Alex Ross has a brief review of the Eternal Music String Ensemble 70th birthday concert performance of Young's Trio for Strings ("an awesomely strange landscape of slowly shifting tone"). He also comments:
The experience wavered between the unbearable and the transcendent, coming to rest on the latter.
The same comment may also apply to the music of Philip Glass, although more often coming to rest on the former...
Young in a Music Mavericks interview:
It's interesting that even at the age of 2 or 3, I began to get an intuition about the way to create music. I didn't really start to do it until 1958, when I wrote the Trio for Strings, which is the first work in the history of music that is completely composed of long sustained tones and silences.
This reminds me of one of those Rob Kapilow lectures on why Mozart is so great:
Things are never as simple as they seem.... The next phrase of music continues elegantly...followed by an astonishing measure of complete silence.
Although I don't want to cause Fred dismay, in order to re-calibrate my ears for "legacy" music, I'm taking Hucbald's suggestion to focus on Haydn rather than Mozart. And I have yet to decide if I'll attend Kapilow's Stanford program on Copland's Appalachian Spring.
aworks american high era young: official del.icio.us wikipedia google news yahoo audio singingfish trio for strings: aworks octet version current track: and now, revelation!/rob kapilow/mozart
In a recent New York magazine, Alicia Zuckerman interviews Ricky Ian Gordon on his new song cycle, Orpheus and Euridice, written for clarinet and soprano. The composer was struggling as his partner died of AIDS and came up with a middle-of-the-night idea:
I see Todd [Palmer] as Orpheus with his clarinet, and Euridice gets a mysterious virus that steals her from him incrementally.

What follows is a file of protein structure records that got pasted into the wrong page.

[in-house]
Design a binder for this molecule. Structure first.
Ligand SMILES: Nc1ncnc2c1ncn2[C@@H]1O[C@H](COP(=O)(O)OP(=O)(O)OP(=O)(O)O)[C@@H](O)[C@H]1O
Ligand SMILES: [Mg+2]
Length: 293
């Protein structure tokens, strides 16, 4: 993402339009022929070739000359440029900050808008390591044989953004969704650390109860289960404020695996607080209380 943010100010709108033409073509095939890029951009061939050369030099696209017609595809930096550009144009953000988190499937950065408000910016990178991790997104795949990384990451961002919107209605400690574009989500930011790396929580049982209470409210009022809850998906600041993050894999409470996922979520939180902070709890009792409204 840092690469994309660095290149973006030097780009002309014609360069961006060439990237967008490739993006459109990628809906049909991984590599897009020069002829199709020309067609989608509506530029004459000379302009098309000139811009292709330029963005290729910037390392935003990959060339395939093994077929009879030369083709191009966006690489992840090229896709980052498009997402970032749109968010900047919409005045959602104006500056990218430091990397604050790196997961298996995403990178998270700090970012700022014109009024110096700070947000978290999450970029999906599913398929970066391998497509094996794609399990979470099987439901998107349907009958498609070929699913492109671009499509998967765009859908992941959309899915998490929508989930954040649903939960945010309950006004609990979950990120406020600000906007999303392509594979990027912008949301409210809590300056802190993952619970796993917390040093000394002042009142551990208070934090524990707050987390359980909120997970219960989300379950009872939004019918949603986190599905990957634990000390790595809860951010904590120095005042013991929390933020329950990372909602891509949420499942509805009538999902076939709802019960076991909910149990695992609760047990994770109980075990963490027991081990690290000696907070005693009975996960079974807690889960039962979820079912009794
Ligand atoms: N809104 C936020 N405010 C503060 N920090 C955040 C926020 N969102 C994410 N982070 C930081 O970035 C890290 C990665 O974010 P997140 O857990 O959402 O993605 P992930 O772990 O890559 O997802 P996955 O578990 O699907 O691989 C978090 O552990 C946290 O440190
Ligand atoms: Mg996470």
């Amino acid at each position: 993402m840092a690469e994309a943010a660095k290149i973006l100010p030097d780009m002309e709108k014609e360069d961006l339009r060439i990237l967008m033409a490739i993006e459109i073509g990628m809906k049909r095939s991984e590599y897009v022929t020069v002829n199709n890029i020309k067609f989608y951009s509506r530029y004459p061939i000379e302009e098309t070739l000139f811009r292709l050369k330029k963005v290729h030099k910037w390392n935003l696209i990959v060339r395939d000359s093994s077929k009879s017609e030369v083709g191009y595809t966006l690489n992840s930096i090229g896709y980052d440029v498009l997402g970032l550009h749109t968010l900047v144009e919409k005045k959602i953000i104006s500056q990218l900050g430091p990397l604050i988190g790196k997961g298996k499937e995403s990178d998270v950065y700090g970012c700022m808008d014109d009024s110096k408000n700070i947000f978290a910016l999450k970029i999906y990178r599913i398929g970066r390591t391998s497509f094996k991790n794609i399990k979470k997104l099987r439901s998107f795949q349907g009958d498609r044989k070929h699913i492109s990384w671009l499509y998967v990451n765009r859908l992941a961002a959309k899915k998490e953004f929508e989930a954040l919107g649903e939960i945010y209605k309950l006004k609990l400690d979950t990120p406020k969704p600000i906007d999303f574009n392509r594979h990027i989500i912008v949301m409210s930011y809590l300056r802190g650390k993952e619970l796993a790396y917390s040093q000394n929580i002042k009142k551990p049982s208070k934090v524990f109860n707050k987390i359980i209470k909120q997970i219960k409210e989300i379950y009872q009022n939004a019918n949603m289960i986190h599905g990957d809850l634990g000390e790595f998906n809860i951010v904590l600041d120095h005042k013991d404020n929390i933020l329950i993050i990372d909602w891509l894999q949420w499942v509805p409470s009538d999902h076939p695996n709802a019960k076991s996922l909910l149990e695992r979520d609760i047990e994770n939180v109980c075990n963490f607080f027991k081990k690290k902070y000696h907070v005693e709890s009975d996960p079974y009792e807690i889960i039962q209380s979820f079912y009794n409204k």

Gordon is currently working on an opera of The Grapes of Wrath.
|Village Voice||The production alludes to AIDS, the score is "lovely."|
|New York Blade||The composer's first line: Orpheus played his pipe, music like a cool blue stripe circling the heavens.|
|New Jersey Star-Ledger||It didn't work to have the musicians also dance.|
|Associated Press||Praise for the dancers but choreographer Doug Varone didn't take enough artistic risk.|
|The Well-Tempered Blog||It's really a ballet.|
|Playbill||Preview where the composer suggests music as a vehicle in which to "pour" strong emotions.|
|Variety||The white-on-white rather than black set is more appropriate for this modern song-cycle on death. Elizabeth Futral's voice!|
|New York Magazine||Both Gordon’s text and music are couched in an accessible idiom of disarming lyrical directness, a cleverly disguised faux naïveté that always resolves dissonant situations with grace and a sure sense of dramatic effect—the mark of a born theater composer.|
|Village Voice||Gordon's music is gentle-souled; intense passion, high fury, and deep anguish are not in his delicate vocabulary...My guess is that understatement will enable the piece to age well: As it gets revived time and again, the deep emotionality it supports is likely to become more and more visible.|
In doing a little investigation about Adams' (annoying albeit American) use of banjo in his Gnarly Buttons, I found this prognostication in a Fanfare review by Christopher Abbot:
I think Adams's true genius lies in pieces like these [Gnarly Buttons and John's Book of Alleged Dances] and Grand Pianola Music, rather than in the operas or the Chamber Symphony (the Violin Concerto is an exception -- I think that will endure).
Dunno but after the Doctor Atomic extravaganza (and a run-through of the so serious Varèse), the small-scale works sound refreshing. Moo.